Thus, those from ethnic minorities and especially Muslims will be excluded deliberately or otherwise from these appointments, even though they are more than qualified. Despite best practice of removing names from application forms to reduce bias in the appointment process, public appointments continue to ask for CVs and supporting statements with names, thus ensuring bias in the process. The appointment panel can always find an excuse why applicants were not shortlisted, mostly these being standard responses.

In Birmingham, 21.8% of the population are Muslim, yet no Muslim is in any of the top positions in the City. There’s one Cabinet Member, one senior manager in Birmingham City Council, no Chairs of NHS organisations, no NHS Directors or Senior Managers, two Non-Executive Directors and the list goes on.

Perhaps the reason for the under-representation of Muslim community is the lack of education and experience? However, one in four Muslims have a degree, 10% are in higher professional roles. In a recent ICM poll, 86% of of British Muslims feel a strong sense of belonging in Britain, compared to 83% of the national average and 91% felt a strong sense of belonging to their local area, compared to the national average of 76%.

The Muslim community wishes to integrate into British life, yet it seems Britain is not ready to welcome Muslims into their ‘bosom’. The prejudice of people in positions of authority and power to influence and appoint people to senior roles is holding back Muslims and making it difficult to feel part of society. The attitudes must change to ensure the talent of all members of society are utilised for the benefit of the community.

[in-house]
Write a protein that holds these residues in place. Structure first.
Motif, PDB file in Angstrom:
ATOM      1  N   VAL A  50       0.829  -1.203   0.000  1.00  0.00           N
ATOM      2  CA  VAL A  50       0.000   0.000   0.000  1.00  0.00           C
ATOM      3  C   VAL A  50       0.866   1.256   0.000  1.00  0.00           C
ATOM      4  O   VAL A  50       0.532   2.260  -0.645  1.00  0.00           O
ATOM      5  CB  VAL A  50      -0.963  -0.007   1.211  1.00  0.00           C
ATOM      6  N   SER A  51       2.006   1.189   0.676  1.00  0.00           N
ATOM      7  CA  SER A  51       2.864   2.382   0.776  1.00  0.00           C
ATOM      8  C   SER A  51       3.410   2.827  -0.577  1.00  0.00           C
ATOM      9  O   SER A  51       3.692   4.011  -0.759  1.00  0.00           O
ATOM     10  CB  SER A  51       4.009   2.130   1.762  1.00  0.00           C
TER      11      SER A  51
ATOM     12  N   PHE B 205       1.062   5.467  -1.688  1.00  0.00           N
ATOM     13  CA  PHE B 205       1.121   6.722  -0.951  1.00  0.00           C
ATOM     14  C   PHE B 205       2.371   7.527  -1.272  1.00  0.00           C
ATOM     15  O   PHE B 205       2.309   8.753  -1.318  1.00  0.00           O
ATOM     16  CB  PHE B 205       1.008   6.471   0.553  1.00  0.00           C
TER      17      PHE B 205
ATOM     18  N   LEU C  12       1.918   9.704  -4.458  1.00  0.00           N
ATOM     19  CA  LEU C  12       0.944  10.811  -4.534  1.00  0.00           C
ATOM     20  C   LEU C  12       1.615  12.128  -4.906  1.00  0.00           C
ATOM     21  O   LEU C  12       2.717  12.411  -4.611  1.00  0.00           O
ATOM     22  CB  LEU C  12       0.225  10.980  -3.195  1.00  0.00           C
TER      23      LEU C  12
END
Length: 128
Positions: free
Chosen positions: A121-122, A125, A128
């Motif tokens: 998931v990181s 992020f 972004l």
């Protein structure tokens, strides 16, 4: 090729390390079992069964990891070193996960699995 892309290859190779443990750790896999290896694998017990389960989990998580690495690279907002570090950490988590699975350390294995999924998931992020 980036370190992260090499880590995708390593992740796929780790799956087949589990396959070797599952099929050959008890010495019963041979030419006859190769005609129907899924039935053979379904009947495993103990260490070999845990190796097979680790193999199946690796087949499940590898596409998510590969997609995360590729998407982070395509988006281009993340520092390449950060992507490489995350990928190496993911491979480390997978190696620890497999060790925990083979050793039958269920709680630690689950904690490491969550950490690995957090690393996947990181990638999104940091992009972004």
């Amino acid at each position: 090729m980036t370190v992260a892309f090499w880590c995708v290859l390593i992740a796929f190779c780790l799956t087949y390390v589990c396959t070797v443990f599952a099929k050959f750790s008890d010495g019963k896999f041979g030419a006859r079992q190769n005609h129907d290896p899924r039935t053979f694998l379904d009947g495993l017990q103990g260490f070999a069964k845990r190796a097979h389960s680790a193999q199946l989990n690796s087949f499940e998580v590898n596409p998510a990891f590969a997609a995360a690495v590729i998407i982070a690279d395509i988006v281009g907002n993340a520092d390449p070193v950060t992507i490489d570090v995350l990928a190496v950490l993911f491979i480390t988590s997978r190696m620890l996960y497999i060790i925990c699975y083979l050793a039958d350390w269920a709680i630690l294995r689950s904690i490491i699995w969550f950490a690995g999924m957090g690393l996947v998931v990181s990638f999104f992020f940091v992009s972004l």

Therefore, no more ‘jobs for the boys’, but a concerted effort to ensure appointments are genuinely open and fair and public institutions must take positive action to appoint Muslims. We have had enough ‘lip service’ we need action to ensure the continued economic and social enhancement of society. Otherwise, not only will the talent be wasted, institutions will not be able to undertake their legal duty in providing services to meet the needs of all sections of the community and the Muslim community will continue to be marginalised from society and not feel they have a stake in society.

Let’s start here in the West Midlands, it shouldn’t be difficult for every institution to pledge to appoint at least one Muslim to a senior position, either on their Board or as a Director. Some institutions are already leading by example. The Police and Crime Commissioner has one on the Board*. Despite being the largest employer Birmingham city council has only one director and one Cabinet member. They can do better and should be leading by example by ensuring better representation at every level of the Council.

I hope the West Midlands Mayor will use the opportunity in the appointment of key positions, to at least ensure one of the key appointments will be a Muslim, otherwise it will be a retrograde step. I have no doubt he has a commitment to equality and has pledged to ensure his top team is representative of the community.

READ: Street to set up Leadership Commission.

The Mayor’s Leadership Commission should undertake an audit of senior appointments and hold to account institutions on their appointment process. It is a vital role of the Mayor to represent and work on behalf of the whole community. I hope that when I post again on these pages it will be telling a more positive story!

*Waheed Saleem is a political and social commentator who sits on a number of boards in the region, including the West Midlands Police and Crime Commissioner Strategic Policing and Crime Board, and writes here in a personal capacity.